BSEE, Stanford University, 2010<br>MSEE, Stanford University, 2011&nbsp;<br>Admitted to Ph.D. Candidacy: 2011-2012<br>


Towards Always-On Mobile Object Detection: Energy vs. Performance Tradeoffs for Embedded HOG Feature Extraction

Recent vision applications such as augmented reality and advanced driver assistance systems (ADAS) require real-time object detection. As stated in 1, energy-efficiency is crucial for both applications due to the limited battery life of mobile devices and the heat dissi-pation limits of automotive systems. To identify promising areas for energy reduction, we must analyze object detection from a system level. We focus on Histograms of Oriented Gradients (HOG) features 2, which capture localized pixel gradient information, as they are suitable for hardware implementation and have been shown to achieve high object detection performance. <br>

Object detection can be divided into three main steps—image capture, feature-extraction, and detection. Conventionally, these steps are partitioned as shown in Fig. 1 (a). Since the feature-extraction and detection steps performed by the backend digital processor are computationally complex, memory intensive, and highly parallelizable, significant energy savings can be achieved through custom ASIC design. Reference 1 presents such an ASIC, which performs HOG feature-extraction and detection on 1080HD 60 fps video, and consumes only 45.3 mW (0.36 nJ/pixel). However, the lowest power commercial 1080HD 60 fps image sensor currently consumes nearly twice as much power at 86.7 mW (0.70 nJ/pixel) 3. Therefore additional system-level energy savings may be achieved by reducing the energy requirements of frontend image capture.<br>

It has been shown in 4 that typical commercial mobile CMOS image sensors consume over 200 mW of power, of which the two dominant sources are analog-to-digital conversion (70-85%) and chip-to-chip I/O (10-15%). Reducing pixel bitdepth below the conventional 12-bit value and compressing data output by performing partial feature-extraction (histogram generation) on-chip could reduce both ADC and I/O energy in the image capture step. Furthermore, partial on-chip feature extraction could reduce the memory, computation, and energy requirements of the backend digital processor, as shown in Fig. 1. (b) and demonstrated in 5.<br>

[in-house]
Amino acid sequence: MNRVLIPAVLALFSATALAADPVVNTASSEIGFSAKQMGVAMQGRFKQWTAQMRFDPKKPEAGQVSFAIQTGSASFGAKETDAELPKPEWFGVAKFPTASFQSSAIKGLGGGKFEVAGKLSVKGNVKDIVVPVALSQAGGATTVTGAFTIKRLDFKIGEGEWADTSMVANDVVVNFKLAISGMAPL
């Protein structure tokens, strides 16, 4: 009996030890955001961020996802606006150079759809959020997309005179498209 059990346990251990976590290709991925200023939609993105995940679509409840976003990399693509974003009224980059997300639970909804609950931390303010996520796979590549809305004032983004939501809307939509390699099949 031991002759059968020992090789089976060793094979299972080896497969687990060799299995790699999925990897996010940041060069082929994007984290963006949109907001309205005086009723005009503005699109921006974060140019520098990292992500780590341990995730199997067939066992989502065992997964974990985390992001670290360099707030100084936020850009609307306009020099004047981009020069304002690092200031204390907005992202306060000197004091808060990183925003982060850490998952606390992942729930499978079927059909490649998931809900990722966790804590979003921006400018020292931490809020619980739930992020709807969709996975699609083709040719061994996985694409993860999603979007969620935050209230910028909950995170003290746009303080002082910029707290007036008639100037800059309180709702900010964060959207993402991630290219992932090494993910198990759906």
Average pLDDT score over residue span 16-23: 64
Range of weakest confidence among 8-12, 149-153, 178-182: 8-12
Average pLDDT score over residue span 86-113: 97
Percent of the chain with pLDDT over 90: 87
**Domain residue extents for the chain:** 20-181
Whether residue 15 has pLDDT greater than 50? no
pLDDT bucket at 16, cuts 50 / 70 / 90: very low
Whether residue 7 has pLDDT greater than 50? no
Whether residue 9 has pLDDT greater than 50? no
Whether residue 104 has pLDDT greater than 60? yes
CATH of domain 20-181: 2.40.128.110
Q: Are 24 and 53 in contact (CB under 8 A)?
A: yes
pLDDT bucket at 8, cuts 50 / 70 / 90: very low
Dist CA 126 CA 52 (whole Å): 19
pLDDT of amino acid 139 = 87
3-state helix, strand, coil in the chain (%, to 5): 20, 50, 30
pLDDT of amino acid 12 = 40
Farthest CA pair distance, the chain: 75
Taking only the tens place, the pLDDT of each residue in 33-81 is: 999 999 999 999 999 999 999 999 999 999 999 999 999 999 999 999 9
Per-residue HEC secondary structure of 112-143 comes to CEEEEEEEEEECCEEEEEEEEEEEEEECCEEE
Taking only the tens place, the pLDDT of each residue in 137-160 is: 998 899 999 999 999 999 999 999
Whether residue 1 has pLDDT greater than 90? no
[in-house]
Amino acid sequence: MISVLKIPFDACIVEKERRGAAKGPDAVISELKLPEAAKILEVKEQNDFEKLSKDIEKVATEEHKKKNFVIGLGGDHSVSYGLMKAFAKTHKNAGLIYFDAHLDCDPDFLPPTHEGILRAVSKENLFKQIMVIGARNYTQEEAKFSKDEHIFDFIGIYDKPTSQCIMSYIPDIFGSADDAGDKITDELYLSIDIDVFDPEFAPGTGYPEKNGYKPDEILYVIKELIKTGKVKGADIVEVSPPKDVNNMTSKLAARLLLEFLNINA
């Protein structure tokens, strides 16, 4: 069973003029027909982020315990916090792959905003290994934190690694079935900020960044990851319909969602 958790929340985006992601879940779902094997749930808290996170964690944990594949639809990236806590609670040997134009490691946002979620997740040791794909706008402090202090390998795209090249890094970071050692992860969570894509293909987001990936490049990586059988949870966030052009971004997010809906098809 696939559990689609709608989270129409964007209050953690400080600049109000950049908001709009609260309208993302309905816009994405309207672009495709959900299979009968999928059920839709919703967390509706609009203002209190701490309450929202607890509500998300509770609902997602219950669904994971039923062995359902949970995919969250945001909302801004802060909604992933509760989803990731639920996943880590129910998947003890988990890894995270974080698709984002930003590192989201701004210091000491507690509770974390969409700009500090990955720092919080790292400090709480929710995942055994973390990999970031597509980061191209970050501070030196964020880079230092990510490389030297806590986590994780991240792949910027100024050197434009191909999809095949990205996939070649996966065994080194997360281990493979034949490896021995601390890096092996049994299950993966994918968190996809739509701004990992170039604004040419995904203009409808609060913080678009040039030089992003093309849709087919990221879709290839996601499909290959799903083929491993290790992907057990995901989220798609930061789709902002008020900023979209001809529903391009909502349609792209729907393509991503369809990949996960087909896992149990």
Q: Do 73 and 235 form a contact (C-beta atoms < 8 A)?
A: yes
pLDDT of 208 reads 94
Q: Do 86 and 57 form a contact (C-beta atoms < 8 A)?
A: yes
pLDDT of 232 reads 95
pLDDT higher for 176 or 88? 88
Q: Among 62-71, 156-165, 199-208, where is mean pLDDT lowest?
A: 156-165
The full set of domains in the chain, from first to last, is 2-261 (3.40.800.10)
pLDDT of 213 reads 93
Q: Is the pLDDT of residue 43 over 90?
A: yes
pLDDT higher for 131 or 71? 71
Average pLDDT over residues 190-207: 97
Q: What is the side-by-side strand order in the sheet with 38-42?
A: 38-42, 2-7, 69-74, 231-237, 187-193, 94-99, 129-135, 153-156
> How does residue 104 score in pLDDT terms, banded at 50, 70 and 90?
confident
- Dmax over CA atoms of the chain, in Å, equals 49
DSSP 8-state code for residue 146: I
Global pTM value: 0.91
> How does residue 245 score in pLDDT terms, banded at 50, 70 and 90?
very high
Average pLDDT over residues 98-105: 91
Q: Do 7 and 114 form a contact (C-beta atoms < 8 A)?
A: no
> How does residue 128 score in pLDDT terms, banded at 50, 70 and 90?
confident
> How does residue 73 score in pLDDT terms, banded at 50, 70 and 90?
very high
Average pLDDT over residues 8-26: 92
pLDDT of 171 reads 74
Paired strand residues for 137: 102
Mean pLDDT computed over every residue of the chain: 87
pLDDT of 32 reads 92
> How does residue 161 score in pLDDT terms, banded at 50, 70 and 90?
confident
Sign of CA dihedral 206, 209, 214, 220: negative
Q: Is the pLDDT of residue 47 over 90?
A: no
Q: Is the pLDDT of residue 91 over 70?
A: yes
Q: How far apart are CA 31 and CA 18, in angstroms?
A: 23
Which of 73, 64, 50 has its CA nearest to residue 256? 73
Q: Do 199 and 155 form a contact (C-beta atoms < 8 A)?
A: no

Leveraging the fact that HOG features are based on gradients, we go one step further and propose the pipeline shown in Fig. 1. ©, which uses analog memory to store 3 rows of pixel values and a ratio-to-digital converter (“RDC”) to digitize ratios of neighboring pixels (representing gradients) rather than absolute pixel values. This approach allows scenes of a given dynamic range to be represented with fewer bits per pixel than in a standard imager, further reducing I/O energy, backend computation, and memory requirements, without sacrificing object detection performance.<br>

To simulate the object-detection performance of our proposed system, we have created a database of over 4,000 annotated RAW images, modeled after the PASCAL VOC database 6. Unlike processed JPEG images, RAW images are composed of 12-bit photosensor outputs, which approximate analog scene illumination levels. We plan to open source this database to the academic community through the Stanford Digital Repository. <br>



Fig. 1. Conventional object detection pipeline (a), generic object detection pipeline with embedded feature extraction (b), and pro-posed object detection pipeline with ratio-to-digital converter (RDC) and embedded feature extraction ©. <br>


References<br><br>1 A. Suleiman and V. Sze, “Energy-efficient HOG-based object detection at 1080HD 60 fps with multi-scale support,” 2014 IEEE Workshop on Signal Processing Systems (SiPS), Belfast, 2014<br>2 N. Dalal and B. Triggs, “Histogram of Oriented Gradients for Human Detection,” in Proc. IEEE Conf. Comput. Vis. Pattern Recognition, Jun. 2005, pp. 886–893. <br>3 OmniVision OV2740.<br>4 LiKamWa, et al. “Energy Characterization and Optimization of Image Sensing Toward Continuous Mobile Vision,” Proc. Conf. Mobile Syst. Applicat. and Services, pages 69–82, Jun. 2013.<br>5 J.Choi, J.Cho, S.Park, and E.Yoon, “A 3.4 uW Object-Adaptive CMOS Image Sensor with Embedded Feature Extraction Algorithm for Motion-Triggered Object-of-Interest Imaging,” IEEE J. Solid-State Circuits, vol. 49, no. 1, pp. 289–300, Jan. 2014.<br>6

We would like to acknowledge undergraduate researcher David Ta ( for his contributions to this project. <br>

Email: alexoz AT stanford DOT edu<br>